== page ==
exhibitionism, voyeurism, gender identity disorders not resulting from
physical impairments, and other sexual disorders.
• Compulsive gambling, kleptomania, and pyromania
• The ADA also excludes an individual who is engaged in the use of illegal
drugs at the time of an adverse employment action where the employer
acts on the basis of such drug use. Persons suffering from psychoactive
substance use disorders also are not protected by the ADA. 4
3. DEFINITION OF EMPLOYER
• An employer will be anyone having fifteen or more employees
• Employers include any public, private, or quasi public entity other than the
However, an individual who is engaged in or has completed drug rehabilitation and is no longer
using drugs would be considered protected under the ADA.
8 Crosby, O=Brien & Associates Co., LPA (2000) 30
United States or a bona fide private club exempt from federal taxation.
The term also includes labor unions.
B. ADA PROTECTION ISSUES
1. EEOC TWO STEP DETERMINATION
a. Can the individual satisfy the prerequisite for the position through his or
her education, experience, skills or other qualifications.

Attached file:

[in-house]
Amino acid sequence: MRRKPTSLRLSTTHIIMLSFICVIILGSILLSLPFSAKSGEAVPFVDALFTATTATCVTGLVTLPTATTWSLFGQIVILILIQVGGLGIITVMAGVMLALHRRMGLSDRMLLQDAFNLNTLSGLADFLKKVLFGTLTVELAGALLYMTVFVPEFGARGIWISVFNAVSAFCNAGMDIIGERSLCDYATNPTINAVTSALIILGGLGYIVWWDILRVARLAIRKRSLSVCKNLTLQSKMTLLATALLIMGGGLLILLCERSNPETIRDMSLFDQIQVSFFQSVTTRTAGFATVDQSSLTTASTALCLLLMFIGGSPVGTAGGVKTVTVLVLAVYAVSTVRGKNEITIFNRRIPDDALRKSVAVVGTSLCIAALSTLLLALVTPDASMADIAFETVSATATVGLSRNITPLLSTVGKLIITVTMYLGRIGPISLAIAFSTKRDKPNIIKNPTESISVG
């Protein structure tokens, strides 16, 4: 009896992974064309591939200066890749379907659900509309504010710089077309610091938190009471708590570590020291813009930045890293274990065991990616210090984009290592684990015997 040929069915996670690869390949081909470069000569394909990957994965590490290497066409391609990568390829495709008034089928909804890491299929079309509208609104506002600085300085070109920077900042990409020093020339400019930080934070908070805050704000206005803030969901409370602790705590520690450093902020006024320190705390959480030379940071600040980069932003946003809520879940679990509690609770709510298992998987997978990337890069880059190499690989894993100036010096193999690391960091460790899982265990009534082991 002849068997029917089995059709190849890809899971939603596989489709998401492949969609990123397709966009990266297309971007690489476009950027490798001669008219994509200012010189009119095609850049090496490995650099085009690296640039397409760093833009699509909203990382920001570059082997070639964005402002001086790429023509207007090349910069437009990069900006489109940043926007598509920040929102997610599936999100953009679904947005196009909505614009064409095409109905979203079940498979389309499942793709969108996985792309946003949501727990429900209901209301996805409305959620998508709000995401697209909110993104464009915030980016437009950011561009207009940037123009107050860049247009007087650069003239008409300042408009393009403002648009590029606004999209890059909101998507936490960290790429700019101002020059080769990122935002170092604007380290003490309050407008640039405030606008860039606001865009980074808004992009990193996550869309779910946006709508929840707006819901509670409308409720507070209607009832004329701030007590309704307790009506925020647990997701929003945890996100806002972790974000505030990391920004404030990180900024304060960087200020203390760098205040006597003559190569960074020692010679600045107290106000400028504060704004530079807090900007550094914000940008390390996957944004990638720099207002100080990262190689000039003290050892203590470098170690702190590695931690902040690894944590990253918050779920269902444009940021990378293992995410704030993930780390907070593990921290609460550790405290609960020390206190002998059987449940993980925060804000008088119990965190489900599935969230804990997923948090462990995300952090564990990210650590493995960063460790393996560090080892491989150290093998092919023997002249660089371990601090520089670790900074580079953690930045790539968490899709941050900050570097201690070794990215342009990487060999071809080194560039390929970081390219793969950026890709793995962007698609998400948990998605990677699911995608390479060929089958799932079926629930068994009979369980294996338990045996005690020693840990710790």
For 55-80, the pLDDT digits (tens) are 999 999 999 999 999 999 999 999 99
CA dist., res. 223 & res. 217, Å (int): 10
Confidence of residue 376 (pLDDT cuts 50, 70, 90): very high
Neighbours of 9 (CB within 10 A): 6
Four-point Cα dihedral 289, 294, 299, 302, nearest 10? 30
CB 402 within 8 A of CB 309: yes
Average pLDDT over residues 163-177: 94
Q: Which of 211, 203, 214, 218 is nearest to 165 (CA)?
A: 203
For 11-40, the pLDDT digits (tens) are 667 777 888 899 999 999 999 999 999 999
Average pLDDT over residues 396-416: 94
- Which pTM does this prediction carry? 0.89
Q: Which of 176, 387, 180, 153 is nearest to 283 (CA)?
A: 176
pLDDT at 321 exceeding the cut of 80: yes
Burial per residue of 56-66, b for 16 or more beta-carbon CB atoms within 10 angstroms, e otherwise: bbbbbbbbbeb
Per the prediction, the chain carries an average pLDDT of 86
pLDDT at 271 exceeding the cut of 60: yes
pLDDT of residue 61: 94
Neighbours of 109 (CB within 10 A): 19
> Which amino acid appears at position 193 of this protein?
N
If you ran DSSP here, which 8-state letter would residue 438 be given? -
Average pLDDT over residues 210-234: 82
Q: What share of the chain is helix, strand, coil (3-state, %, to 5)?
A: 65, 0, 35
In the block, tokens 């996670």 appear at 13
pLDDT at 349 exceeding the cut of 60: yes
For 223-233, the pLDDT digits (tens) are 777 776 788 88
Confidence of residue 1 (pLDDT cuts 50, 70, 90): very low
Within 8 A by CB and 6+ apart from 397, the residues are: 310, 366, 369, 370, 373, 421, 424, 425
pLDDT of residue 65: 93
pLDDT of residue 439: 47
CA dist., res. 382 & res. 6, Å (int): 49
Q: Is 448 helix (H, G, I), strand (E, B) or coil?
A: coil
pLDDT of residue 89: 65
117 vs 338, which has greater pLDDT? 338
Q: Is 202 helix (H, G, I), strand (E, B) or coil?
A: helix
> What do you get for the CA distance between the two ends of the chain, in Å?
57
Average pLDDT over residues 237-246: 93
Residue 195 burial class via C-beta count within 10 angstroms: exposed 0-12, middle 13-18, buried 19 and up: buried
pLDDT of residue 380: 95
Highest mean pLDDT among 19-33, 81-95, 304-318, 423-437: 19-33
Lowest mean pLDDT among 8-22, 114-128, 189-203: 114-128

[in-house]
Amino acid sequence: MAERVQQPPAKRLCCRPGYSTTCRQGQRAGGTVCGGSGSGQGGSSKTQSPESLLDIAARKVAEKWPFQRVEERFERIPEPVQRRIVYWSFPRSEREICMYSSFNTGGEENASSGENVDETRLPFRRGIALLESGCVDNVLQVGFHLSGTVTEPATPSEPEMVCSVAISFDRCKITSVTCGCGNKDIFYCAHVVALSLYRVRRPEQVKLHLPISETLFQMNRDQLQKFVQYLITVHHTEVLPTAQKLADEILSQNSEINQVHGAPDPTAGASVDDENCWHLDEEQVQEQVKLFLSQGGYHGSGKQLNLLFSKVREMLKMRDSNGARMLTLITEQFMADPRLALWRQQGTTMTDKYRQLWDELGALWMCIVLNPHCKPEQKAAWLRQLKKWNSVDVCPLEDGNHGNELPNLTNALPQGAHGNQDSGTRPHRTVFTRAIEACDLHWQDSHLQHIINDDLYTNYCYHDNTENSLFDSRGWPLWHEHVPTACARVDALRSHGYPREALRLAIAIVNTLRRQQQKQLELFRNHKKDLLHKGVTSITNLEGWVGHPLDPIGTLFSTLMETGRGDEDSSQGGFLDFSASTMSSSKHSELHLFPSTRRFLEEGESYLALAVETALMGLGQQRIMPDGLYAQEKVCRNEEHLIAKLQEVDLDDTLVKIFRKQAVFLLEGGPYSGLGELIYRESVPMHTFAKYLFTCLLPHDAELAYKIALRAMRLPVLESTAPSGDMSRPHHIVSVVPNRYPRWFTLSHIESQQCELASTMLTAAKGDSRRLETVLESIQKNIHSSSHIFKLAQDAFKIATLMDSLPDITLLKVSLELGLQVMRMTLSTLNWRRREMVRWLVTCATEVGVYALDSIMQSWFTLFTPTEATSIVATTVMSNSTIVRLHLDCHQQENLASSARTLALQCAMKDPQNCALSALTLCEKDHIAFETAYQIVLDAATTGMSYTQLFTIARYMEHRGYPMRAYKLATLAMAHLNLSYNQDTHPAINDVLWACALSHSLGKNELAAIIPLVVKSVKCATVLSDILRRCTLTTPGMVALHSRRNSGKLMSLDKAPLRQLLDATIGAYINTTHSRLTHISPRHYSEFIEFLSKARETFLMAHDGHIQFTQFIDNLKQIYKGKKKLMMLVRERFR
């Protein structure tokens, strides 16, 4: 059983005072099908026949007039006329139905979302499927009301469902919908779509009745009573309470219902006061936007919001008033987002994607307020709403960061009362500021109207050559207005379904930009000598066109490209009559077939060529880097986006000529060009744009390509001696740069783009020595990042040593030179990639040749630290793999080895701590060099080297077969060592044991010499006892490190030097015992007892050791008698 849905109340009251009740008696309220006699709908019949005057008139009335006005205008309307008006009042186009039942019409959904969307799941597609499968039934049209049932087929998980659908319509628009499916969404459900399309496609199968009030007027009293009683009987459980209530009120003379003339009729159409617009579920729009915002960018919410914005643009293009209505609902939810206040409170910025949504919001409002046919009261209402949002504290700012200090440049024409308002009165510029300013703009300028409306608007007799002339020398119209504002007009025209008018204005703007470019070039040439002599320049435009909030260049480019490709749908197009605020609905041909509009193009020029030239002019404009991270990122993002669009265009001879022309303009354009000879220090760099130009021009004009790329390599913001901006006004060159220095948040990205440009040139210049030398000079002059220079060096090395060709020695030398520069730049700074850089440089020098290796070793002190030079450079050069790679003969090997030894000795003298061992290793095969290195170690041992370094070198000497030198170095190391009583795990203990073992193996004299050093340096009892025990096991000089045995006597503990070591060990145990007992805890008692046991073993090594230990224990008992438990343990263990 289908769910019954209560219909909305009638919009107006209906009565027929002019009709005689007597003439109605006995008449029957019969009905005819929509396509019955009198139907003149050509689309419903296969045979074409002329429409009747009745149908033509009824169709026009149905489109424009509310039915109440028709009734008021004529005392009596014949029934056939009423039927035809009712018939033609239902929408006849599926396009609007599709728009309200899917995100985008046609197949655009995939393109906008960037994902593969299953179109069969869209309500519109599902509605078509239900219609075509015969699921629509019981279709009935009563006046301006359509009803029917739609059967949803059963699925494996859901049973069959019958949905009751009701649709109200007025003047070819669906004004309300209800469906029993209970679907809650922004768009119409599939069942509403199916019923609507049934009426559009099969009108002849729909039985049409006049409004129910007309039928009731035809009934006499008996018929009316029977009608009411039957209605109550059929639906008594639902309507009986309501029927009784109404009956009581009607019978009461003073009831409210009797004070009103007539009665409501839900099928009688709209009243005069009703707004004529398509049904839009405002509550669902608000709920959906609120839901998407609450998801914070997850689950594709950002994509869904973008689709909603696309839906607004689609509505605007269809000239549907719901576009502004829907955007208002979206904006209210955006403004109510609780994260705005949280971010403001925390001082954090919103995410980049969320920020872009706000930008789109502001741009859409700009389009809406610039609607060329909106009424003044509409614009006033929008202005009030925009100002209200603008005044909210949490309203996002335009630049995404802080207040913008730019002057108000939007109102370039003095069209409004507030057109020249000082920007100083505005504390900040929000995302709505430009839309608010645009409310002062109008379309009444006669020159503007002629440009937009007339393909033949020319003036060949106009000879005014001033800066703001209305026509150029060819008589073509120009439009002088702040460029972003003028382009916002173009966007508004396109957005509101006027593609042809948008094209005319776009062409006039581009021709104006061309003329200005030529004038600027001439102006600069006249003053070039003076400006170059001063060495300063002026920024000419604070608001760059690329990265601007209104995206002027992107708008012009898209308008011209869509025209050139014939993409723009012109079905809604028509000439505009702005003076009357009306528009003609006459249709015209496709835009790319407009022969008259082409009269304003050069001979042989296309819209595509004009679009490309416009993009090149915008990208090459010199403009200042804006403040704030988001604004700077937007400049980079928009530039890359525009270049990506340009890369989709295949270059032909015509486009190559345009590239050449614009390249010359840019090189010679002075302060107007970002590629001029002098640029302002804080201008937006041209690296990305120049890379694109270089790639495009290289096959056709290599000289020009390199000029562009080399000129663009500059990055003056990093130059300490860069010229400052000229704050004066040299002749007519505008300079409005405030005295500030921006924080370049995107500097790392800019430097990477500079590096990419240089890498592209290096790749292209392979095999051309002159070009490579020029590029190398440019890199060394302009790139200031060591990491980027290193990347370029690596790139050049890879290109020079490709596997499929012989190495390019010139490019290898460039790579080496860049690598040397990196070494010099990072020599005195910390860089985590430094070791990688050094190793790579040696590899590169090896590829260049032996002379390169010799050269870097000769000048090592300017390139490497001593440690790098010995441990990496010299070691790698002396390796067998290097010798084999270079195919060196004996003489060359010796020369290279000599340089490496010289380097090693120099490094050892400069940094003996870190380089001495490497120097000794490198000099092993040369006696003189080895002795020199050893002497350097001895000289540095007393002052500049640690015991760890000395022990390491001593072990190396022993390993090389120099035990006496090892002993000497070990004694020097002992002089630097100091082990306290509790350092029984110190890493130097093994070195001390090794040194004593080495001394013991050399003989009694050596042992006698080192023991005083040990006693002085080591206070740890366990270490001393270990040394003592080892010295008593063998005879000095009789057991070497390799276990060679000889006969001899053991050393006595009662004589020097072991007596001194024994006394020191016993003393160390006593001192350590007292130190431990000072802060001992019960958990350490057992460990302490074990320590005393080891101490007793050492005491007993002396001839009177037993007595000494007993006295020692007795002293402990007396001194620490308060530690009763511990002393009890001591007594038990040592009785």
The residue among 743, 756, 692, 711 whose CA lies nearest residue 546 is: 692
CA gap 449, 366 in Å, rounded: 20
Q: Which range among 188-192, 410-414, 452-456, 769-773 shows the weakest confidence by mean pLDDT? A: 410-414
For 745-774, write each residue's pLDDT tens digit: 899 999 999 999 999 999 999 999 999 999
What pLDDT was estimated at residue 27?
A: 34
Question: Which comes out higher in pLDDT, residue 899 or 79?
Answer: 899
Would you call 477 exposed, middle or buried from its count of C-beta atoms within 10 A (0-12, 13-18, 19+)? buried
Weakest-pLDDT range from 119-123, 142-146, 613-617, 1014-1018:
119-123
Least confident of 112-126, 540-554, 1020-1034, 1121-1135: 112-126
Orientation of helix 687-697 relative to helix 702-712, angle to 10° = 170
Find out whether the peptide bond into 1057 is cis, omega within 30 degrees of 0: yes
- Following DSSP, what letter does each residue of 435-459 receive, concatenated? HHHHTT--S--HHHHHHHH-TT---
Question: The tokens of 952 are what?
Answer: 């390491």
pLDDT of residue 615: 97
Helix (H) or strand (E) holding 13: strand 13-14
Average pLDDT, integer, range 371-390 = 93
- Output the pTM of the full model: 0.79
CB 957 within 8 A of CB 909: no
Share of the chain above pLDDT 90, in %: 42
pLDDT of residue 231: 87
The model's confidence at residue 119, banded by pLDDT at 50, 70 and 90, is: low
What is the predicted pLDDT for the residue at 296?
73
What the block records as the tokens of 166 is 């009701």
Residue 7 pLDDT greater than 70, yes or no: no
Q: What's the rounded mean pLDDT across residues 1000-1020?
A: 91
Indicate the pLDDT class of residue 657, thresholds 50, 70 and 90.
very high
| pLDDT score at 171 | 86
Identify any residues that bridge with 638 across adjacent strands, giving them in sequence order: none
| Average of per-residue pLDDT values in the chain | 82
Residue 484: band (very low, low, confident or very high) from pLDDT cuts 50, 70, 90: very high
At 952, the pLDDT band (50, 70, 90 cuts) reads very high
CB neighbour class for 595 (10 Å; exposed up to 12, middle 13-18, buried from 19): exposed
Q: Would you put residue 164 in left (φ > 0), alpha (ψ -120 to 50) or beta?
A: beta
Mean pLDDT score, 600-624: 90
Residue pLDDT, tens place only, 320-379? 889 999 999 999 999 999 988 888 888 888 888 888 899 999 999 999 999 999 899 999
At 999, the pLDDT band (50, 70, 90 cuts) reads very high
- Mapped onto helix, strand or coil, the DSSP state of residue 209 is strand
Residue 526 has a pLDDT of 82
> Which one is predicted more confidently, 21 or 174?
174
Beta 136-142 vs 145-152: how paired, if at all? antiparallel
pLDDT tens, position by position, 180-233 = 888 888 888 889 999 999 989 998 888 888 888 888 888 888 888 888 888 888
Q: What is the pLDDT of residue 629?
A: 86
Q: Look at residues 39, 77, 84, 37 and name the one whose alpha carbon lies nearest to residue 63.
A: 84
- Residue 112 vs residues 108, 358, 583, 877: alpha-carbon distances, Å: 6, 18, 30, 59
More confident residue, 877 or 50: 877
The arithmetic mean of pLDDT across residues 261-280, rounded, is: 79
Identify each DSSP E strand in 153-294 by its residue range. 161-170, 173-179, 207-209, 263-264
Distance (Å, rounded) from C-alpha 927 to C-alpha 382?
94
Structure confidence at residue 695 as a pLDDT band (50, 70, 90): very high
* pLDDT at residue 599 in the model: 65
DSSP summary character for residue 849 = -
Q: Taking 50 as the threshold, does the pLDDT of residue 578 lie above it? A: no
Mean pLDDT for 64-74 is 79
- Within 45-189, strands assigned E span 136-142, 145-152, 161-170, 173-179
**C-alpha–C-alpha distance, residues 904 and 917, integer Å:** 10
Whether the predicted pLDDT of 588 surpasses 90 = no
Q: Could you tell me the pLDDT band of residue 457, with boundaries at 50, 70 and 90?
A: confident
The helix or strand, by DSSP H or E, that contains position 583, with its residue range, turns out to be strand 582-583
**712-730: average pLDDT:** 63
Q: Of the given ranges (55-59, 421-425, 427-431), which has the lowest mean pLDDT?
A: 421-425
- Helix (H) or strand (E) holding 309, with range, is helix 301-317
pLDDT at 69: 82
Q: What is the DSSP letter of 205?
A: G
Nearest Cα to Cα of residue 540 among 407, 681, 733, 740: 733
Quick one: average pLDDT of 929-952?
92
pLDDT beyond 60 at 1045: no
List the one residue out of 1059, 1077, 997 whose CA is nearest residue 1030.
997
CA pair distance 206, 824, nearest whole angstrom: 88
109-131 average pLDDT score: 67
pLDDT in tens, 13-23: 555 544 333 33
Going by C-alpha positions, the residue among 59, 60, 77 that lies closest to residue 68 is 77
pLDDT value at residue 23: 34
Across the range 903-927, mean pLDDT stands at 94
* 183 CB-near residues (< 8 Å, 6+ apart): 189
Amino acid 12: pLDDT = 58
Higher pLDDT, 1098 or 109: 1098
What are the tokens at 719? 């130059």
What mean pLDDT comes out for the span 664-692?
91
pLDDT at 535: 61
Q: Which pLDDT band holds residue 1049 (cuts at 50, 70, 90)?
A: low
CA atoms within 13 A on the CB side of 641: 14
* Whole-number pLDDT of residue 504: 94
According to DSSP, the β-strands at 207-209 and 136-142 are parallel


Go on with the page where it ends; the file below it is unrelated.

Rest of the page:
b. Can the individual perform the essential functions of the job, with or
without the employer making a "reasonable accommodation for that
2. WHAT ARE "ESSENTIAL FUNCTIONS"?
a. The ADA states that an employer's determination as to what constitutes
the "essential functions" of a job will be given consideration. A written job
description prepared before the employer advertises or otherwise seeks
applicants for a job will also be considered evidence of the essential
functions of a job.
b. The elements or test for determining the essential functions are:
• does the employer actually require its employees to perform these
• does the removal of the function alter the position, i.e., the
position exists solely to perform that function;
• there are only a limited number of employees available to perform
• the function requires highly specialized personnel;
• the amount of time expended performing the function;
• what are the consequences of non-performance of the function;
• is the function necessary to accomplish the goal; and